Ayres—“Doc” to his students—led the college program until 2000. That year he passed the script to his former student Loehlin, who had gone through the program in the 1980s. “It helped set the future trajectory of my life and career,” Loehlin says.

Several of the participants in 2019 were, like Loehlin, part of Plan II, UT’s liberal arts honors program, or English majors. But the class also included students majoring in engineering and the social sciences, along with several college graduates who didn’t need course credit at all. They came to Winedale to devote themselves to a single pursuit, from morning until night, in a remote location, with peers who were equally all in. Some had fallen in love with Shakespeare in high school, and a few were active in theater. But even participants like Smith College graduate Allison Paranka, who moved to Austin for its theater scene, say Winedale is more about literature and community than about performing.

“We’re not here to be great at acting, necessarily,” she explains. “We’re here to really deeply understand the text and to work together to interpret it.”

Loehlin chooses each summer’s participants on the basis of an essay and interview rather than an audition. The students begin reading and discussing that year’s plays remotely in May, and Loehlin casts the shows shortly thereafter, taking care to give everyone roughly the same number of lines. The students memorize as much as they can before arriving at Winedale in mid-June. For the rest of the summer, they stay in a dormitory across the two-lane road from the theater barn, working together every day from dawn until well after dark.

Photo of dog lying on a barn floor

Gus, an area dog, likes to keep tabs on the action in the theater barn.

By 6:45 on this June morning, everyone had convened near the barn for ultimate frisbee in the dewy grass. Loehlin likes to wake up the body and brain with vigorous exercise; it helps build stamina the students will need to perform two shows a day in the August heat. Before breakfast the group gathered in a circle to sing a song from one of Shakespeare’s plays, a pre-meal tradition that Ayres started. After chores, the group assembled again for vocal warmups, with Gus and his canine buddy Astro rolling delightedly nearby, before breaking into groups to work on scenes.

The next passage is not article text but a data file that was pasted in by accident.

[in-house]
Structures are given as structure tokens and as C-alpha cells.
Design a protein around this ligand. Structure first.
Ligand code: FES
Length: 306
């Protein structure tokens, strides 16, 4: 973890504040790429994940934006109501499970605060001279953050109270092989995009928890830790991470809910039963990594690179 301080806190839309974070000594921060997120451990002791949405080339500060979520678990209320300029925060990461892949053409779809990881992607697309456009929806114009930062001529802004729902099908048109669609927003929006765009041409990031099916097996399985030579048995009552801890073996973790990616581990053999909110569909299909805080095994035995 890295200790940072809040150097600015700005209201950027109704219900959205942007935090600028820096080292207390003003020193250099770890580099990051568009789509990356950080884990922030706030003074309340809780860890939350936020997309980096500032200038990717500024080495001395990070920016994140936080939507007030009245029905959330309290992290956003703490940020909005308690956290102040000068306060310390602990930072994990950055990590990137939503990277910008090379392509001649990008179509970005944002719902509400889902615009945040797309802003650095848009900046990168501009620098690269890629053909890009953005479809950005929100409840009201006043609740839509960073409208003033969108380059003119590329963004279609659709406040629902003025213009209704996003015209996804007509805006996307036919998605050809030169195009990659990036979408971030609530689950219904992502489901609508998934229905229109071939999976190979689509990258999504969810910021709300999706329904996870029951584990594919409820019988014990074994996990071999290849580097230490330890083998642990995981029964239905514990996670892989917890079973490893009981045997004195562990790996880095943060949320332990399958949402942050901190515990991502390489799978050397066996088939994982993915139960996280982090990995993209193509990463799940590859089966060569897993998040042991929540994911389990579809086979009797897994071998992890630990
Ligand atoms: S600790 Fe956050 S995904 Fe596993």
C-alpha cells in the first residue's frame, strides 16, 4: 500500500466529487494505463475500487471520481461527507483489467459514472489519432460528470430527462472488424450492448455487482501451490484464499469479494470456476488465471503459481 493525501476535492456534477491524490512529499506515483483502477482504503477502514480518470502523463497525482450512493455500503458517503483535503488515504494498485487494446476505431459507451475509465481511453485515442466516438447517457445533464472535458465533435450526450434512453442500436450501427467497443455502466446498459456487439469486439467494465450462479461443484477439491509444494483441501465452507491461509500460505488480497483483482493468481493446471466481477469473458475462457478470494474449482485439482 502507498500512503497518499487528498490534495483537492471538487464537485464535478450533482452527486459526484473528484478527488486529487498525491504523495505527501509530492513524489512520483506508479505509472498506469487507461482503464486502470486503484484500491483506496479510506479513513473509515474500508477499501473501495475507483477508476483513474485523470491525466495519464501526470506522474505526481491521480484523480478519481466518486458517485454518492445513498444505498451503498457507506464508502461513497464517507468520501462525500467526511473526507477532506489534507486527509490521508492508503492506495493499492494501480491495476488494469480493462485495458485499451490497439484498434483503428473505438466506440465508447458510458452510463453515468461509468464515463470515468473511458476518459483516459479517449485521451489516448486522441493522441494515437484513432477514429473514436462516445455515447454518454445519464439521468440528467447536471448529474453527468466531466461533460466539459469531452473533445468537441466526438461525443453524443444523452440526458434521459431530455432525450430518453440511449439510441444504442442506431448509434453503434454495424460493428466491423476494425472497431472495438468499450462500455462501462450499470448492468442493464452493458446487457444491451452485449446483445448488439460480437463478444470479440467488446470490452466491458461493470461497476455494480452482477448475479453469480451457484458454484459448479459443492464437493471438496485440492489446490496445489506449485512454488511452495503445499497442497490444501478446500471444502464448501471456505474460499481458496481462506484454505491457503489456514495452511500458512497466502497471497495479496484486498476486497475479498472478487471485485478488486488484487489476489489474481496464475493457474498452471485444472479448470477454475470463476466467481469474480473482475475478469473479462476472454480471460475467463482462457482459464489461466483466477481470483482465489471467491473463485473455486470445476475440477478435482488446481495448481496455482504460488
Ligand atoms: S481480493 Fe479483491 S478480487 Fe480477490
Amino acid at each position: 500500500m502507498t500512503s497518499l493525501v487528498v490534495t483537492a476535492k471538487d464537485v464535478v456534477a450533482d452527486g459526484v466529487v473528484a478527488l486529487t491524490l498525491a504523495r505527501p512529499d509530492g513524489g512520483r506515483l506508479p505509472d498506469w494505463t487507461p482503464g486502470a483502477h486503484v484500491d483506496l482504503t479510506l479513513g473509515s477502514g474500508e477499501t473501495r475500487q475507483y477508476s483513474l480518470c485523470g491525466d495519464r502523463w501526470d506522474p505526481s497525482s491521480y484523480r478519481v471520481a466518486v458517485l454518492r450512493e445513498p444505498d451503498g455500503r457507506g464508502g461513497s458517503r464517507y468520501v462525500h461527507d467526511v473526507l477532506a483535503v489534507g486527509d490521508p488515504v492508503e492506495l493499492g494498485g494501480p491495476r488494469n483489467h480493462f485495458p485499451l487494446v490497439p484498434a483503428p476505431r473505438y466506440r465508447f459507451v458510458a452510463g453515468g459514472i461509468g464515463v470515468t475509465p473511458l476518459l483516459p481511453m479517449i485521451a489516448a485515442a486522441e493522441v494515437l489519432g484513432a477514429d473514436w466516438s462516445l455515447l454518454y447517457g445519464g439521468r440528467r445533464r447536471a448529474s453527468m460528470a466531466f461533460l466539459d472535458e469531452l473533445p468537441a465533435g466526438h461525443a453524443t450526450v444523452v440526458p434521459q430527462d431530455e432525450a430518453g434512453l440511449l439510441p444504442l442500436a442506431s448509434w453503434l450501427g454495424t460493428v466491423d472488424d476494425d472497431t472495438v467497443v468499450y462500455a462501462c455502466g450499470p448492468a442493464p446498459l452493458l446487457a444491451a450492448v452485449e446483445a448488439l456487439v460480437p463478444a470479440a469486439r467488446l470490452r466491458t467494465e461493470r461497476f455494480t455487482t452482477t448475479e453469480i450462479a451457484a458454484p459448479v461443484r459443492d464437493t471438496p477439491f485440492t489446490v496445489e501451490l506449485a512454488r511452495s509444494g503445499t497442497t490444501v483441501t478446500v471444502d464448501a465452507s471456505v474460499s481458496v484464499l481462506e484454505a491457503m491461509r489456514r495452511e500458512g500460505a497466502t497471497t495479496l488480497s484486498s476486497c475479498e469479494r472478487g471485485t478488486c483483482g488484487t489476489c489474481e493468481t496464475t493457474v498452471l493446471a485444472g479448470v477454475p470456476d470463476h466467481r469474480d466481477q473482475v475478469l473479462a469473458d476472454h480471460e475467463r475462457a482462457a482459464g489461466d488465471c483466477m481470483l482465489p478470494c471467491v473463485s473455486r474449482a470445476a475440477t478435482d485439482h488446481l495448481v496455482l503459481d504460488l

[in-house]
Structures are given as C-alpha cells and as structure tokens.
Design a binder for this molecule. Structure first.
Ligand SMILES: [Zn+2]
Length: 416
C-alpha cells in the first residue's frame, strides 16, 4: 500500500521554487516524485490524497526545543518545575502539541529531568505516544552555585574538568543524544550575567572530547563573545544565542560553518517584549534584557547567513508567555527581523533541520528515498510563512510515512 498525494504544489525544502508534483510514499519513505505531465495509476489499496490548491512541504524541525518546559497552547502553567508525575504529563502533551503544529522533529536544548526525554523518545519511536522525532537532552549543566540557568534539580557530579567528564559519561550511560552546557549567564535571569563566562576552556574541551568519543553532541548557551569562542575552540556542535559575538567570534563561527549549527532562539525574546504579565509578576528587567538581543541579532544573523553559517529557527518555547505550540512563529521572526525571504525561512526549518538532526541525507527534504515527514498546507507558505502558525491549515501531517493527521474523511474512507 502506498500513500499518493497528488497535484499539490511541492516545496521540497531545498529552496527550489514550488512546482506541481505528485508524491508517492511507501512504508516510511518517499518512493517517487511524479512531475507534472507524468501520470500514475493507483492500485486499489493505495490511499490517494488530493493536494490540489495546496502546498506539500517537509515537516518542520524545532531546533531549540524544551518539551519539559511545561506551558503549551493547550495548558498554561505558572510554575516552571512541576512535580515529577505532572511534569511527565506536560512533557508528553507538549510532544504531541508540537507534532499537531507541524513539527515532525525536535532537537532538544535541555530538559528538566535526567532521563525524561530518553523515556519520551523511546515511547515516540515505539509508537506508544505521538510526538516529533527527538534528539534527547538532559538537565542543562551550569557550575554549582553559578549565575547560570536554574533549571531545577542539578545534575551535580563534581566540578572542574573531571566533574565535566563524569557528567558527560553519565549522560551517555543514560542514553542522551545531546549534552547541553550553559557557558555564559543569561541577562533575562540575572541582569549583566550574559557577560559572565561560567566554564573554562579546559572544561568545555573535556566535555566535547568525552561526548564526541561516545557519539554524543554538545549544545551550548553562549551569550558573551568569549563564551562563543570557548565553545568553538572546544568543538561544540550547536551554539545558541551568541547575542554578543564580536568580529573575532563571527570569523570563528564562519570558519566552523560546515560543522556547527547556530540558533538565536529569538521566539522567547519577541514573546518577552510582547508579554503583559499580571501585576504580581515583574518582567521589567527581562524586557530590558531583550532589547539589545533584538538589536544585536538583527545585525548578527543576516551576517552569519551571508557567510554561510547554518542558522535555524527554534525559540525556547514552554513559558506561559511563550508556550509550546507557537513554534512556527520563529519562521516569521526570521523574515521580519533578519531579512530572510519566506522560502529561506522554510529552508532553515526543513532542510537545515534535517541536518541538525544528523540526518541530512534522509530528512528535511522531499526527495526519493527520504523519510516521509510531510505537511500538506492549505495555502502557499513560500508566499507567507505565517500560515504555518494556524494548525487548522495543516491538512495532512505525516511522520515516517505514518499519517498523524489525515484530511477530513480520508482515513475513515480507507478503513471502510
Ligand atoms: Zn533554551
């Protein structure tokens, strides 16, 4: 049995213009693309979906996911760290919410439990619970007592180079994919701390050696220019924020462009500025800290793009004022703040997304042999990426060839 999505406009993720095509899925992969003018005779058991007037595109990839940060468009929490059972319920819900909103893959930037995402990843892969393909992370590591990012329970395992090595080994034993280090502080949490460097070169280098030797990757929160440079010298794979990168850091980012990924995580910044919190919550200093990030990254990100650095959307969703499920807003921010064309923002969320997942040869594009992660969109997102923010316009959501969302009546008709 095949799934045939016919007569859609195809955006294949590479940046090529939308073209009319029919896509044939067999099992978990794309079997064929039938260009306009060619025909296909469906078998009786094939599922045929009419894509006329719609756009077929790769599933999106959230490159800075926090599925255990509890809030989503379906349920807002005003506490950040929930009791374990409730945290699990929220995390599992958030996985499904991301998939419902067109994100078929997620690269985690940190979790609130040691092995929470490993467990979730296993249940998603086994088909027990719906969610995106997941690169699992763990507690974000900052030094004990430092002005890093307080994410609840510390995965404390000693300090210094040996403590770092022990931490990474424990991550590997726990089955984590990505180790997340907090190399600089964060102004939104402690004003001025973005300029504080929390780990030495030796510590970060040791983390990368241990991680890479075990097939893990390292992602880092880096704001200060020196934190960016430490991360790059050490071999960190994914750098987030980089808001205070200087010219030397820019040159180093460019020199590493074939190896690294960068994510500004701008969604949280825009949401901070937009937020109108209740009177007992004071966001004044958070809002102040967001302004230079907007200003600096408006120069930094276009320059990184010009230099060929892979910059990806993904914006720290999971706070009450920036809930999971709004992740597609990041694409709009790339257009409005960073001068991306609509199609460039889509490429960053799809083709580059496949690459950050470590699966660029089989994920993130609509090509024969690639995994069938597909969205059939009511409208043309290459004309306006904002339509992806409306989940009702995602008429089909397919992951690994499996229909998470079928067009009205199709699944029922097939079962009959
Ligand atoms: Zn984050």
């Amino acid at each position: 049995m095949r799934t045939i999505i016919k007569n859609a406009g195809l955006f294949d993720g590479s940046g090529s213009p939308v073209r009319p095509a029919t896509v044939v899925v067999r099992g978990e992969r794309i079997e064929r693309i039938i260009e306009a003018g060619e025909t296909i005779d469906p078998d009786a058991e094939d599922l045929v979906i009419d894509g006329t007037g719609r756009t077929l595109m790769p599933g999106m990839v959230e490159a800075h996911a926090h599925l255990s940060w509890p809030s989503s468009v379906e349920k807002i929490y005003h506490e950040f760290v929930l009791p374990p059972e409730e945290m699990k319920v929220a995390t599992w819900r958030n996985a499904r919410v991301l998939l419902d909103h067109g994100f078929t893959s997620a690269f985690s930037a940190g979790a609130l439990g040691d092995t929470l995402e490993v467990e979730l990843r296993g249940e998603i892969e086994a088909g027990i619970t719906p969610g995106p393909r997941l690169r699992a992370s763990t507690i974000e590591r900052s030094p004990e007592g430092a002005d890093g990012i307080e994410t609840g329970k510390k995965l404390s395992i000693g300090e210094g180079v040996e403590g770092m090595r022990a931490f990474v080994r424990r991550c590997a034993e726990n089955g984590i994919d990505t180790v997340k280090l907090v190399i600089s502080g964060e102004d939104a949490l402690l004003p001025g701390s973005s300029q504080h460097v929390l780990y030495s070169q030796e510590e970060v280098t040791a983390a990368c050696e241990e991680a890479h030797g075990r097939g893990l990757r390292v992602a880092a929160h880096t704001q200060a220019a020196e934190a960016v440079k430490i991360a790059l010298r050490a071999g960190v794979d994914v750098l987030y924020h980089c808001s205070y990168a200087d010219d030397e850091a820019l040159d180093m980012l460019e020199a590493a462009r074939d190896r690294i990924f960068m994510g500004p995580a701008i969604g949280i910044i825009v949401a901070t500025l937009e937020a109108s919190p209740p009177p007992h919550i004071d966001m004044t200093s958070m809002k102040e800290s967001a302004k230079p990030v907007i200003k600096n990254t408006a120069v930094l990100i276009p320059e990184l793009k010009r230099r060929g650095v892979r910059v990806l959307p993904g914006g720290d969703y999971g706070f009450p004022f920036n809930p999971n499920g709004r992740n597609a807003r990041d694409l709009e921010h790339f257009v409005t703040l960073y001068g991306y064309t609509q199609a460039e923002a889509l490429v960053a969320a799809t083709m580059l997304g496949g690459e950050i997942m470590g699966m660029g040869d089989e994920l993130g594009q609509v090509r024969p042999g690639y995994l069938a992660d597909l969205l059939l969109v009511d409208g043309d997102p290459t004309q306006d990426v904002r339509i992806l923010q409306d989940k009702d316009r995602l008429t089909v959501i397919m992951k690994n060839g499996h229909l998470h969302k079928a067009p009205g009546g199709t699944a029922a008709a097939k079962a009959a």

During the heat of the afternoon, the students memorize lines or sew costumes inside air-conditioned buildings. At 5:30 they convene for their daily pre-dinner volleyball game, a good team-building activity even for the less-sporty types who turn up at Winedale. After dinner they’ll run through the show, in costume, until 10 p.m.

All the while, they’re surrounded by a deep quiet, broken only by the motor of an occasional passing pickup. Loehlin says the atmosphere, devoid of distractions like traffic and television, helps students connect more deeply with the plays. Winedale is more akin to Shakespeare’s pre-industrial world.

“You’re much more aware of nature there,” he says, “and of the weather, the time of day, and the time of year. And birdsong and deer walking across the path. And the kind of change that you feel as night comes on, or if a storm blows in.”

On the evening of the final performance of Richard II, the students walk to the barn, clad in tunics and capes. Visitors from Austin and Houston finish picnics beneath the towering pecan trees and trickle inside to claim their seats.

The setting sun casts a sheen of golden light over the trees as the play commences. The audience listens carefully, laughing over the scenes of comic relief and wincing at the execution of Bushy and Green. Darkness creeps in from the edge of the woods, where the trees stand silhouetted against the violet sky, and closes around the barn. By intermission, the weight of the day’s heat has lifted. There are no curtains and no curtain calls at Winedale. Instead of bowing, performers meet the audience outside the barn with plates of cheese and crackers, and cups of lemonade.

When Ayres ran the program, he always stayed a day after the students left. He’d sit in the theater for hours and replay the summer’s events in his head. Alone in the silence of the barn, he could still imagine the plays’ words and sounds echoing off the cedar beams.

“One student told me that the barn was magical,” he says. “You walk in and it just transforms you. That is not true. It’s a wonderful place, but the magic is within those students.”

The December 2020 issue of Texas Highways Magazine


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The December 2020 issue of Texas Highways Magazine


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The December 2020 issue of Texas Highways Magazine